Thursday, February 16, 2006

Tube contractor axed for doing the dirty on cleaners

METRONET Rail last Monday terminated its contract with the Blue Diamond cleaning company after the Transport and General Workers’ Union informed it that Blue Diamond had been consistently withholding workers’ pay.
The TGWU, which represents cleaners on London Underground, discovered that Blue Diamond had been paying their workers £5.05 per hour despite having agreed a basic wage of £5.50 with Metronet at the start of the contract in October 2005.
Metronet agreed at a meeting with the TGWU in January to investigate and the TGWU last week welcomed Metronet’s decision to fire Blue Diamond from their prestigious cleaning contract on the District, Circle, Metropolitan, Hammersmith and City and East London lines, believed to be worth in excess of £20 million over three years.
This is the first time in 20 years that a contract has been ended due to concerns over the abuse of workers.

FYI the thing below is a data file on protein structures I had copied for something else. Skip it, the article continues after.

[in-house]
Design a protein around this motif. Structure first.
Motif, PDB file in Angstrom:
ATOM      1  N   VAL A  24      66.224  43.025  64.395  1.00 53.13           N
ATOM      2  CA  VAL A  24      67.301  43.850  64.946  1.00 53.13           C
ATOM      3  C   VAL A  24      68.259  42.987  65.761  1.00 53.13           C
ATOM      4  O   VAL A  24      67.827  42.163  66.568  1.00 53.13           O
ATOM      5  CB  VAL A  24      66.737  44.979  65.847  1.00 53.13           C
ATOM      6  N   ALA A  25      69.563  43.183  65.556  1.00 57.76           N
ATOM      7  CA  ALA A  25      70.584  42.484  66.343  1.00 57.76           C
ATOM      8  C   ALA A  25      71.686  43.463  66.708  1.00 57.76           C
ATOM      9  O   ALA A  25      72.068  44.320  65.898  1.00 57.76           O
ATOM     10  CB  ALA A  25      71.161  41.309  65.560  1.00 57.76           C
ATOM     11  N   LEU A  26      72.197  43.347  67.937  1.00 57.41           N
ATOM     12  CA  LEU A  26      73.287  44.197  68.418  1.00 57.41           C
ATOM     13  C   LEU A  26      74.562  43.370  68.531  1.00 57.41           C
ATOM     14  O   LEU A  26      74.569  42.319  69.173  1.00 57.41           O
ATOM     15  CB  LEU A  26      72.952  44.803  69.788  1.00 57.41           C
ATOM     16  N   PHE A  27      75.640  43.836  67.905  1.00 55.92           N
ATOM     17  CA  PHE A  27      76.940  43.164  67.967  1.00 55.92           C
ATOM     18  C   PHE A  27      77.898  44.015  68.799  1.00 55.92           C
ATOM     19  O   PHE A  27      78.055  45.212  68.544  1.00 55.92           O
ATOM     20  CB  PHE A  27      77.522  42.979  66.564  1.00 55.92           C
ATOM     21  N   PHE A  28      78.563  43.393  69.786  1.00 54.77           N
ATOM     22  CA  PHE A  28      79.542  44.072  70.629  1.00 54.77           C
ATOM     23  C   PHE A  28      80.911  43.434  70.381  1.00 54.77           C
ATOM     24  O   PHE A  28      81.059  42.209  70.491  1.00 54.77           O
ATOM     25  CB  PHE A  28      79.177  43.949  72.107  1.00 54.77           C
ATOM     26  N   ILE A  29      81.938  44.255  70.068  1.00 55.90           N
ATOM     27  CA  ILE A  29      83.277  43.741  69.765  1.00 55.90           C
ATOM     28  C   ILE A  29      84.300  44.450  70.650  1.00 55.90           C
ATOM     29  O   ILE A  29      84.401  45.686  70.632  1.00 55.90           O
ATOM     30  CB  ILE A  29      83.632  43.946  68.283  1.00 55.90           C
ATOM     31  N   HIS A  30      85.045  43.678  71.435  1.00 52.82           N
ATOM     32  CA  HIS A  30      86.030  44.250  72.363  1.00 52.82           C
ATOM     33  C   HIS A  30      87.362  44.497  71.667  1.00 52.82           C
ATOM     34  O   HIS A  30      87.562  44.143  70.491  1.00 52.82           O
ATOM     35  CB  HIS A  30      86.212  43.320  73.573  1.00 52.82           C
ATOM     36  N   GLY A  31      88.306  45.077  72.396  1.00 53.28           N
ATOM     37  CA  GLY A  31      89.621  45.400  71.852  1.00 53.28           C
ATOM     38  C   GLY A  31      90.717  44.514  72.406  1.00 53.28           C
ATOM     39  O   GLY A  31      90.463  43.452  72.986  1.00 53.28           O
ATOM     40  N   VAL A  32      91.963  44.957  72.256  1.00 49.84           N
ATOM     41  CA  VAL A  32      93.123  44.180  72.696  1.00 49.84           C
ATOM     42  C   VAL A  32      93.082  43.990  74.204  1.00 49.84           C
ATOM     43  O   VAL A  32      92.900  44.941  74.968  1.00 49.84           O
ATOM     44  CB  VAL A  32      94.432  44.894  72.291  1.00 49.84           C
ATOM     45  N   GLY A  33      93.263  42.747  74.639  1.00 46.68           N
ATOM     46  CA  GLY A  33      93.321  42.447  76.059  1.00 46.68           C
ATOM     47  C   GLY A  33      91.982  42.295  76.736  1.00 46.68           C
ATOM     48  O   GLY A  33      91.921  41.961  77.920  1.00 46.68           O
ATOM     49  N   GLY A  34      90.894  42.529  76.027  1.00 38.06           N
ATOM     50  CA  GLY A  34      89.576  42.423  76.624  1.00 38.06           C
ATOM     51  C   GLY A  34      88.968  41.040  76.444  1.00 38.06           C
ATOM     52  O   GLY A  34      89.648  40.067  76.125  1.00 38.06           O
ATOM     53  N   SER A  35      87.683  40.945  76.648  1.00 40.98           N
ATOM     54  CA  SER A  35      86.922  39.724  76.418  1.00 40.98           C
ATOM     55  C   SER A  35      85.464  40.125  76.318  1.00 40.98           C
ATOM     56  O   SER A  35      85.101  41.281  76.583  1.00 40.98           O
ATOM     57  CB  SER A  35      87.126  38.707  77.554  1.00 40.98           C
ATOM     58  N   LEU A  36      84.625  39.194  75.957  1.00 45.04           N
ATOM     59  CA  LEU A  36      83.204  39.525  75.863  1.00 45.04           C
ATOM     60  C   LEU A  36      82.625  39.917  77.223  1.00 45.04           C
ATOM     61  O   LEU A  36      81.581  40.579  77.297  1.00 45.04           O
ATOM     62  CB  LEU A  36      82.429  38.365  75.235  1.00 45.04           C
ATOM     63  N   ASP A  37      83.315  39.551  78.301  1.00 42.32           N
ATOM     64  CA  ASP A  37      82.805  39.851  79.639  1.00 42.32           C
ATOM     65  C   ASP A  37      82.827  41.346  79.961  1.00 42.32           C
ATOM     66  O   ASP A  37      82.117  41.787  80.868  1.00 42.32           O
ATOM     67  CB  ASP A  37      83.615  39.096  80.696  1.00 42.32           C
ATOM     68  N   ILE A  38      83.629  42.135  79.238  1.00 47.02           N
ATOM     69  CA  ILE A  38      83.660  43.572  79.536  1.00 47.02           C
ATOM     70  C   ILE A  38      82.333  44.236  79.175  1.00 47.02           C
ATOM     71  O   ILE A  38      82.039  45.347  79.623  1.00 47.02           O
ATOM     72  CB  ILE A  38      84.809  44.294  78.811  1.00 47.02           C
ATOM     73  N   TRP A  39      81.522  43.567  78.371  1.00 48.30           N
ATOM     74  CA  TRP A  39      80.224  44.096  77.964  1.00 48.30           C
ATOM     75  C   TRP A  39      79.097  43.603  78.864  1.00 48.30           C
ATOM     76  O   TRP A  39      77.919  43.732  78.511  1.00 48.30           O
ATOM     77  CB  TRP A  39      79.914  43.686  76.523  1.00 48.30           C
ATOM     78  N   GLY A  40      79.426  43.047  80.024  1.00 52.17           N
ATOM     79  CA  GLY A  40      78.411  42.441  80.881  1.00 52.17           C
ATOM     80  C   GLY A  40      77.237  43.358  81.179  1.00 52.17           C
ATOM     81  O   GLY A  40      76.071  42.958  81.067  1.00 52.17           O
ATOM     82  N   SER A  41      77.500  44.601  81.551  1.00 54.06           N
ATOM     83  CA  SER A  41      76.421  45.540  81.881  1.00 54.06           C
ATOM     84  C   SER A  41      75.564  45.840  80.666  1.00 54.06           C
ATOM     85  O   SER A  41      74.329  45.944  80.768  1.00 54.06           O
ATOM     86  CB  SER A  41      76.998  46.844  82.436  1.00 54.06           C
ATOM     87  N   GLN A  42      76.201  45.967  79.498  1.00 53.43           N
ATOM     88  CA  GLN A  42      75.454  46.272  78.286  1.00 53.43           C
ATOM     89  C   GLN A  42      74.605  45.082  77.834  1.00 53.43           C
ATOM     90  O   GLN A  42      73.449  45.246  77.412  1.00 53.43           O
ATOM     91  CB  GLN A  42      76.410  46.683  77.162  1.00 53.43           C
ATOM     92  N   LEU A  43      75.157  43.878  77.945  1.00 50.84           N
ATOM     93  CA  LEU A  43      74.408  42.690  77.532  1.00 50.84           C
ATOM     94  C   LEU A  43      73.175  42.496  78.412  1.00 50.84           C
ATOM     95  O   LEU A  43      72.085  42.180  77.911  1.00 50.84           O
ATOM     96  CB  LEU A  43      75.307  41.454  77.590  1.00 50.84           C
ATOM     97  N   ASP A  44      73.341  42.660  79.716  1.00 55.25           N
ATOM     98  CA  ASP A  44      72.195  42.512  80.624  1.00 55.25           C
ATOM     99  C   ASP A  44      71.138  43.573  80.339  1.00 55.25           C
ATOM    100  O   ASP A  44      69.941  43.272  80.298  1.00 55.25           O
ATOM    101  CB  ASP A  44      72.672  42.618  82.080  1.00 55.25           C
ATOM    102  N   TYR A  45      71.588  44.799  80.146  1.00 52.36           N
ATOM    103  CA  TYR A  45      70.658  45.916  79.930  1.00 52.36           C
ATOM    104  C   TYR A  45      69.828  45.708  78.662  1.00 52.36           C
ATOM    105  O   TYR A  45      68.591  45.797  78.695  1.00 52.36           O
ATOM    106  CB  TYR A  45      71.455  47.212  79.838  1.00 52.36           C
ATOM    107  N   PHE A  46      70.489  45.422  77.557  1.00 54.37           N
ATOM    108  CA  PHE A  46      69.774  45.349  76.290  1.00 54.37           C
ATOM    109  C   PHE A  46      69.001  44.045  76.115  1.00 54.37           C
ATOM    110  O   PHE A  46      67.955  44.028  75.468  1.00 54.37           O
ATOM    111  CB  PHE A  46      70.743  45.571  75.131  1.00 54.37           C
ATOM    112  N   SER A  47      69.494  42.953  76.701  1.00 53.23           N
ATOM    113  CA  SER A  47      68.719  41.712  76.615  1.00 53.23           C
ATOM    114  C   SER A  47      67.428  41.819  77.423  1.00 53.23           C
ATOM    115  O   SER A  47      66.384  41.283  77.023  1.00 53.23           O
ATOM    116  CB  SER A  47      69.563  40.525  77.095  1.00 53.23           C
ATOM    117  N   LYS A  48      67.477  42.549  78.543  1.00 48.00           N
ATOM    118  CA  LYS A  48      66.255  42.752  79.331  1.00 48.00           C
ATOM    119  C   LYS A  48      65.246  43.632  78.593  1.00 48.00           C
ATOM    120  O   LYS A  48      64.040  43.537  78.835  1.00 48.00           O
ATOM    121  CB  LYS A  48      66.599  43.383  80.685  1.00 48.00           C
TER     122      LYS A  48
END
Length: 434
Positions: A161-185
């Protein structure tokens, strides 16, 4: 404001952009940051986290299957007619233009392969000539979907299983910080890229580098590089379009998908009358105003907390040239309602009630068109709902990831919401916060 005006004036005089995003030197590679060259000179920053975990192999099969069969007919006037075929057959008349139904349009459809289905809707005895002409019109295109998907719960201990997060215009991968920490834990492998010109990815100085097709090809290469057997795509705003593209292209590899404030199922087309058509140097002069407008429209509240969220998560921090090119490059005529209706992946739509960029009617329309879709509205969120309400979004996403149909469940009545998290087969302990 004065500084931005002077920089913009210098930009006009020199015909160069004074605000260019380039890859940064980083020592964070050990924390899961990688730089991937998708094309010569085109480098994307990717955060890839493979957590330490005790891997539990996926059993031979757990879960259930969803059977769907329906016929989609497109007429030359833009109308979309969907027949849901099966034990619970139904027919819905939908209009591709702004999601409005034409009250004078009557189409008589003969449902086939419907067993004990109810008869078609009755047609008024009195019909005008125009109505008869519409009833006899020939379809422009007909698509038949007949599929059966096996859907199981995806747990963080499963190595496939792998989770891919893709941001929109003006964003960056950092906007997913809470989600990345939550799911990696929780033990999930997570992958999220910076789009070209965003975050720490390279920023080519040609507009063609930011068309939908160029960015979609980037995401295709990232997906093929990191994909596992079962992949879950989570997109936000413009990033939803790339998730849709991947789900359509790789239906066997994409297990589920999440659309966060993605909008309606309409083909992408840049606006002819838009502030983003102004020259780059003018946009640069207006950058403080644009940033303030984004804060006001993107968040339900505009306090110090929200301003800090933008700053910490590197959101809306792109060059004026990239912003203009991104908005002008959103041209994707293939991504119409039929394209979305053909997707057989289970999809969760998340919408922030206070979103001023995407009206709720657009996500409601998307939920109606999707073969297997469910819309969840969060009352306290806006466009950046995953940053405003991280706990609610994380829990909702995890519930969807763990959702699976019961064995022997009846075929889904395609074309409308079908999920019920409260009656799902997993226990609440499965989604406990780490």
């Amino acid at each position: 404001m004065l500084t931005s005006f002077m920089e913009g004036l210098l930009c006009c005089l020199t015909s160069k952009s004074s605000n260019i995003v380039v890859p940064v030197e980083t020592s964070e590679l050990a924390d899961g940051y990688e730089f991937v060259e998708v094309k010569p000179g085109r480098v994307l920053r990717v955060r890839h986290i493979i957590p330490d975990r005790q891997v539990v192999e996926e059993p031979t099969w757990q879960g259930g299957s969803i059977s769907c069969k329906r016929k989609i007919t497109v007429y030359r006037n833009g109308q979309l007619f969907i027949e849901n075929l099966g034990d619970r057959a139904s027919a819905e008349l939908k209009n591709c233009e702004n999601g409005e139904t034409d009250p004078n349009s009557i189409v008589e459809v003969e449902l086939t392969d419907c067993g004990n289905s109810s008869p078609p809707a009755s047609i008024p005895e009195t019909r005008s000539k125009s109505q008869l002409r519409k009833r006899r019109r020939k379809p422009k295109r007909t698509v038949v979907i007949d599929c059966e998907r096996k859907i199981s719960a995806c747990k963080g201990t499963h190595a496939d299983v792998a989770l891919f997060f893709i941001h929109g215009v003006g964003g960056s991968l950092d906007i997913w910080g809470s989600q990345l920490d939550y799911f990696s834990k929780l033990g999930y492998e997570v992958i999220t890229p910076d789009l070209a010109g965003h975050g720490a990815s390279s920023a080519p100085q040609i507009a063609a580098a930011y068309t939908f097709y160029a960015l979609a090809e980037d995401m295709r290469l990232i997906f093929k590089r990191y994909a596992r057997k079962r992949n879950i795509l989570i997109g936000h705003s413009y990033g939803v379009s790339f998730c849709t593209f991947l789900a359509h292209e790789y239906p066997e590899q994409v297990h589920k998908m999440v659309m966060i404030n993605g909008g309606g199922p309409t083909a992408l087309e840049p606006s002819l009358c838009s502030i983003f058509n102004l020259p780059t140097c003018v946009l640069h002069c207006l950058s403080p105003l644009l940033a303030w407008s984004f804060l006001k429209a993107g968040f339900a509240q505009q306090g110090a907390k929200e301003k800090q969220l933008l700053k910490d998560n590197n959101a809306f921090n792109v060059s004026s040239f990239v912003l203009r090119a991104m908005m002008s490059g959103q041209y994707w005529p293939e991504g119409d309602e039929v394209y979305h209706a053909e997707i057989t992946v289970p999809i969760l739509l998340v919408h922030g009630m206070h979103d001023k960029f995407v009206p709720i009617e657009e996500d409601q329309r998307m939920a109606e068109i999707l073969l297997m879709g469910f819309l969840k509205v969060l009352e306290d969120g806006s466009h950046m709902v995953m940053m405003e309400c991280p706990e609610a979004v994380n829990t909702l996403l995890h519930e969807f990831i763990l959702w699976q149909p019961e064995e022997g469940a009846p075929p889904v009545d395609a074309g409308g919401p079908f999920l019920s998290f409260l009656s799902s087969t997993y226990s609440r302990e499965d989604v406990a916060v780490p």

TGWU deputy general secretary Jack Dromey said: “Blue Diamond robbed the cleaners, ripping thousands of pounds off hard-working men and women who serve Londoners 24 hours a day. Metronet have done the decent thing, acting promptly and properly to terminate Blue Diamond’s contract.
“The TGWU is determined to end the often shameful treatment of cleaners. In London many are migrant workers. This decision demonstrates that contractors who behave badly will no longer be employed by responsible client companies. Blue Diamond did the dirty on cleaners and is paying the price.”

  • Pay victory for Parliament cleaners

CLEANERS at the Houses of Parliament last week won a significant victory in their long, well-publicised battle for decent pay.
The Transport and General Workers Union said the cleaners will now get £6.70-an-hour, statutory sick pay and 28 days’ holiday.
The campaign, which attracted widespread support from the public, MPs and peers from all political parties, involved two one-day strikes last year.
TGWU deputy general secretary Jack Dromey said: “One year ago, Parliament paid poverty wages. Now the cleaners have won a living wage and respect.”
Negotiations are continuing on implementing a pension scheme and there will be no job losses as a result of this agreement.